Take Back Your Vacation?


Did you know that America is known globally as the “No Vacation Nation?” Heck, I know we’re busy, but do we really work longer hours and take less time off to play than the rest of the world?

According to a May 2012 Orbitz Press Release, it’s true, which is why the company came up with their new “Take Your Vacation Back” ad campaign. My favorite commercial of the summer just happens to be from Orbitz. I especially like the part about the sarong and always having a vacation in the planning.

When my husband and I first married, we couldn’t afford to fly somewhere for a seven-day vacation–financially or timewise. In fact, we couldn’t take a honeymoon so we drove to the Poconos on a three-day weekend the following winter. It wasn’t extravagant, but we were together and have fond memories of our trip. As soon as we were settled in our jobs and the children were no longer babies, we began our life of exploration outside our home.

From what my American readers have shared, they like to travel and explore as much as the next country–whether they enjoy a day trip with the kids, trek cross-country, or explore lands faraway. Some cite work and other obligations (such as putting children through college) as reasons they don’t currently travel, but they look forward to future vacations. Others really hate to fly, which limits their options. If that’s you, maybe the creation of a flying playlist could help you cope with the annoyances that accompany this mode of travel. It works for the Nomad Grad, a travel blogger and self-proclaimed professional adventurer. Check out her twice Freshly Pressed article, “Tuning Up: The Airplane Travel Playlist” for suggestions.

I have noticed, over the past decade, the ratio of foreign travelers has increased exponentially compared to domestic tourists at the American resorts we frequent. That’s hardly a scientific survey, but it does make me wonder:

Do Americans enjoy themselves through travel as much as other nationalities? Is this a consequence of our changing global economy? Is it merely a marketing ploy? Or is it something else altogether? What do you think? 

NOTE:  This article is not an endorsement of Orbitz. I haven’t used their services and therefore I’m unable to comment as a consumer.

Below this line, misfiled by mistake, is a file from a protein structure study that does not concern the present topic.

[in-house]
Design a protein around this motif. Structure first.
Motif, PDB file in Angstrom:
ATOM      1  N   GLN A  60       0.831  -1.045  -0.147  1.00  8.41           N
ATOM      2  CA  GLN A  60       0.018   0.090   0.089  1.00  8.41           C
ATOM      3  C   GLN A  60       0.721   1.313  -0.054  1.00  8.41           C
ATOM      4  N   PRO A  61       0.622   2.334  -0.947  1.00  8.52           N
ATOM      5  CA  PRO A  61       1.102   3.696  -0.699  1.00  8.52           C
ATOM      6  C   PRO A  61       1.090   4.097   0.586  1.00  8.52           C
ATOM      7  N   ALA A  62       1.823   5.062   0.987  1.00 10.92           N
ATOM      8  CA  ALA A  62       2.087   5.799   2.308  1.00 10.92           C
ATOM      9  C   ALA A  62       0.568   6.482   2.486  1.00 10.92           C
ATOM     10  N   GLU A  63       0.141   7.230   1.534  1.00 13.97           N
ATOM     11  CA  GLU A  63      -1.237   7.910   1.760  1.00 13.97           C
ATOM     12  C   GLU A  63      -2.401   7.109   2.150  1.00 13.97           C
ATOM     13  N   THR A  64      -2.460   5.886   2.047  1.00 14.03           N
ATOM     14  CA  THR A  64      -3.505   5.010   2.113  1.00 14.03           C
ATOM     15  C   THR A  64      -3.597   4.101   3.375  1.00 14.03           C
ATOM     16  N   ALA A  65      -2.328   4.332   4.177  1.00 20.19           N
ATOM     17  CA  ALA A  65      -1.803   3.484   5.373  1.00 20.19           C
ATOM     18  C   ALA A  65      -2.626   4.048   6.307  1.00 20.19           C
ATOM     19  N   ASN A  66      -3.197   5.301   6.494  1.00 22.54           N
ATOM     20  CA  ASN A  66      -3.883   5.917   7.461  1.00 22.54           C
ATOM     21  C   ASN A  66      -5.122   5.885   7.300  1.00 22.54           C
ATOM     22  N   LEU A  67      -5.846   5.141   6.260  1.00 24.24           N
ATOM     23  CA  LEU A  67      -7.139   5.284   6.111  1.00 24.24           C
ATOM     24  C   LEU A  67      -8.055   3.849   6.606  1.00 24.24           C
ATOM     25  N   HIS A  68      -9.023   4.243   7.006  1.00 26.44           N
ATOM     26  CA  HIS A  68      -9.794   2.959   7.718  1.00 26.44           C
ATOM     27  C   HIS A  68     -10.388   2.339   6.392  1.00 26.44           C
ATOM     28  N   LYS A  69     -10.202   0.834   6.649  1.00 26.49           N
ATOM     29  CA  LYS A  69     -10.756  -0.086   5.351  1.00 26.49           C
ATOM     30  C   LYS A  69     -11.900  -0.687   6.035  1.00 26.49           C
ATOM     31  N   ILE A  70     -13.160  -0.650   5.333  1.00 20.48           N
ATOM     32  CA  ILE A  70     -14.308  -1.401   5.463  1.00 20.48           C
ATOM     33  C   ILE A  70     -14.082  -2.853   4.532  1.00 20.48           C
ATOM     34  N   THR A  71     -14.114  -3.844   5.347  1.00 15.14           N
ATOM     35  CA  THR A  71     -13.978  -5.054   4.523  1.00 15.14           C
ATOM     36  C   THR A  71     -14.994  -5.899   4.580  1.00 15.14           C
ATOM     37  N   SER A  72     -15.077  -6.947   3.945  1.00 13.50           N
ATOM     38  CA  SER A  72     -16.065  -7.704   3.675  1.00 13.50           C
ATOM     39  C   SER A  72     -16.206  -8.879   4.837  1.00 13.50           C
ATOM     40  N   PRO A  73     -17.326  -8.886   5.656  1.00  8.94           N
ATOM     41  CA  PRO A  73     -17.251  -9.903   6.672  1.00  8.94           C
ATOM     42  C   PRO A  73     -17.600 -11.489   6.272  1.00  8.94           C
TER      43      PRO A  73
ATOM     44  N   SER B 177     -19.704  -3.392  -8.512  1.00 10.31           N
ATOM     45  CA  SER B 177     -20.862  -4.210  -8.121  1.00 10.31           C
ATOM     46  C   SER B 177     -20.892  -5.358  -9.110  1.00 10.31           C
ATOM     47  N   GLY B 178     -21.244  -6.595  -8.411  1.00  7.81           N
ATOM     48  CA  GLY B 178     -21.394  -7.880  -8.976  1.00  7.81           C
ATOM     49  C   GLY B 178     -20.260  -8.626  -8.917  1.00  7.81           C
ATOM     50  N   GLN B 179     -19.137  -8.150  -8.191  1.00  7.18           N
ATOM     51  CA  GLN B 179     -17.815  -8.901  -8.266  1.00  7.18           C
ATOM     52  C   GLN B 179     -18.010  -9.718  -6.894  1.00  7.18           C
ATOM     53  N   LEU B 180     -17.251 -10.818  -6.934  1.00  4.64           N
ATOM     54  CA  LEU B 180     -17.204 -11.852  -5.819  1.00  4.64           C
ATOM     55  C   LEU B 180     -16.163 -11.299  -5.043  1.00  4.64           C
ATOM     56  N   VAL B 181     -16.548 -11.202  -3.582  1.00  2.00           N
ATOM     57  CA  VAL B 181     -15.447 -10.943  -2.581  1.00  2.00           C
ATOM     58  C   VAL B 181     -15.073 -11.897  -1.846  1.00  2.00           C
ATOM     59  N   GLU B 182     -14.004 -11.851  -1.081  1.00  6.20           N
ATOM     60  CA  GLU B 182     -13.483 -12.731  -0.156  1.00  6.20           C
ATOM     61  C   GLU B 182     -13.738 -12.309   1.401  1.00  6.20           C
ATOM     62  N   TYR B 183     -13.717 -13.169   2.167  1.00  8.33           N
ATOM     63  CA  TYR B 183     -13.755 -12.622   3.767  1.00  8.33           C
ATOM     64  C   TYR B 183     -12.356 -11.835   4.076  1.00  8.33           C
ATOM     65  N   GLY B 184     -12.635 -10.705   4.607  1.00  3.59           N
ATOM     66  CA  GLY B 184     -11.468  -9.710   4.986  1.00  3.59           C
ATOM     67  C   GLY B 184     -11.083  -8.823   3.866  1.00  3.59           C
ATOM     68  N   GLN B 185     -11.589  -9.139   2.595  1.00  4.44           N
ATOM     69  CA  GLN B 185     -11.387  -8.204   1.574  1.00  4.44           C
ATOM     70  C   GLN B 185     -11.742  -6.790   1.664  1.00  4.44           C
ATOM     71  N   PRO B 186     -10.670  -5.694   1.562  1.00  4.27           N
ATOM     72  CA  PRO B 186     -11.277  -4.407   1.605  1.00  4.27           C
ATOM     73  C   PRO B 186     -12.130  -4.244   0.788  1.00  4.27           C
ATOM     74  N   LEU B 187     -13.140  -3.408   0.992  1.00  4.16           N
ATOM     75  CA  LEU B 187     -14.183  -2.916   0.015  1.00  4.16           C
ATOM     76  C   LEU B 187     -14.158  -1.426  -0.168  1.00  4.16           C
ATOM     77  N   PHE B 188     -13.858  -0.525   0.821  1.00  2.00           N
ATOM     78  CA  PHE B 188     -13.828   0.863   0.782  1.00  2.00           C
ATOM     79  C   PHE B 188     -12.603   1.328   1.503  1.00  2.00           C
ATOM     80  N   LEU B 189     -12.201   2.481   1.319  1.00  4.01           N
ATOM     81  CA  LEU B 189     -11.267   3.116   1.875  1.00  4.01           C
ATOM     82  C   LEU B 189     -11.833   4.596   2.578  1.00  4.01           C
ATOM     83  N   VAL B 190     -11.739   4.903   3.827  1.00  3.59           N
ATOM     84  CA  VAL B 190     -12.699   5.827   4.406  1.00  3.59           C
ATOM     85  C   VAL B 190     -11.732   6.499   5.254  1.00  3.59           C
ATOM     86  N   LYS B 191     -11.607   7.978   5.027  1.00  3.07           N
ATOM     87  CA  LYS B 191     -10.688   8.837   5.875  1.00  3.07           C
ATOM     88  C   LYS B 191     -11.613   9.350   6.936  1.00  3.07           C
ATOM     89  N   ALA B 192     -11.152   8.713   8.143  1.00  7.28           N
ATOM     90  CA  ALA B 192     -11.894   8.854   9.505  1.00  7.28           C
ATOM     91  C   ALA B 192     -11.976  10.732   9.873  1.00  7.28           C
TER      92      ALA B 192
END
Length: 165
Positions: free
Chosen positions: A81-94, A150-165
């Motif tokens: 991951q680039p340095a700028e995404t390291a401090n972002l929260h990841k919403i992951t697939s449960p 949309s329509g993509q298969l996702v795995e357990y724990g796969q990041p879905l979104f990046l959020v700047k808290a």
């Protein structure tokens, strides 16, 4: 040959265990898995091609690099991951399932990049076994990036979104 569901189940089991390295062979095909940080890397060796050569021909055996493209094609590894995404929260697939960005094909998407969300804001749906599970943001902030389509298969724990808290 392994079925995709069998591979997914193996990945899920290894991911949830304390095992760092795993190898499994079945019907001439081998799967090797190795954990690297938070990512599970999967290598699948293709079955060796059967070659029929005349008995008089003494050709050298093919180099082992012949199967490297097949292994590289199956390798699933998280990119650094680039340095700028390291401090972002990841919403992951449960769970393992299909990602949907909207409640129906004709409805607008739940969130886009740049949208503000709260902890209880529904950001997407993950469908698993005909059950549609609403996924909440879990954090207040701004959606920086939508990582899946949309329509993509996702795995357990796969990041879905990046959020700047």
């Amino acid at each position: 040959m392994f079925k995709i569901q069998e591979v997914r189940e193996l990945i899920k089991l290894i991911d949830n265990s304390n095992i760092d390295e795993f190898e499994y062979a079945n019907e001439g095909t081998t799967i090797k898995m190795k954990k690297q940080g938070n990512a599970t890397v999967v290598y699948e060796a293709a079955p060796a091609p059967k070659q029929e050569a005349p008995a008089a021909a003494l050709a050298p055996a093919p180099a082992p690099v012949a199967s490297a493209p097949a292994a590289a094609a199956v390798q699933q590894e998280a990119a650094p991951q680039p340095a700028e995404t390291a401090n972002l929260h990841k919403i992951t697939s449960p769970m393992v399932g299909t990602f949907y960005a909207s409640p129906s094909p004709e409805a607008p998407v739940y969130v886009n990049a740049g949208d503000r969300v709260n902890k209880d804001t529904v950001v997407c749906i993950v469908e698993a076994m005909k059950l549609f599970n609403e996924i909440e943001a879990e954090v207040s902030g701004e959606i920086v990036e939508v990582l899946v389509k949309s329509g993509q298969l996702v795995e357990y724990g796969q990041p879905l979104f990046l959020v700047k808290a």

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7 Comments (+add yours?)

  1. Hilary Billings
    Jul 16, 2012 @ 20:04:01

    Thanks so much for the referral! Hope you are having wonderful adventures!

  2. Tuere Morton
    Jul 17, 2012 @ 05:39:11

    Hmm, I’m not sure if nationalities necessarily “enjoy” vacays more than Americans but I believe they certainly have more of them ;) Oddly, I’ve always wanted to check the Poconos out with one of those wine glass bath tubs from the old commercials :P

  3. Lynne Silver (@lynnesilver)
    Jul 17, 2012 @ 11:36:58

    I think Americans get less vacation time and often choose not to take. And if we do take it, do we stay connected to the job even while traveling?

    • Jolyse Barnett
      Jul 17, 2012 @ 12:49:24

      Good point about Americans’ inability to completely disconnect from work obligations while on vacation, Lynne. I was surprised to see many people focused on their technology at the pool and in the parks during our recent family vacation in Orlando. My sister even had to interrupt her tour of EPCOT (reluctantly, I might add) for a work-related conference call.

      Maybe the nickname, “No Vacation Nation,” rings true for many of us.

  4. Donna Coe-Velleman
    Jul 20, 2012 @ 10:29:09

    From what I understand Americans as a whole do receive less vacation time than other industrialized countries. It seems, with the advancement of technology, companies feel they can infringe on a person’s personal time and that person allows it for fear of losing their job or of not being considered a “team” player. That’s a shame and shouldn’t be.

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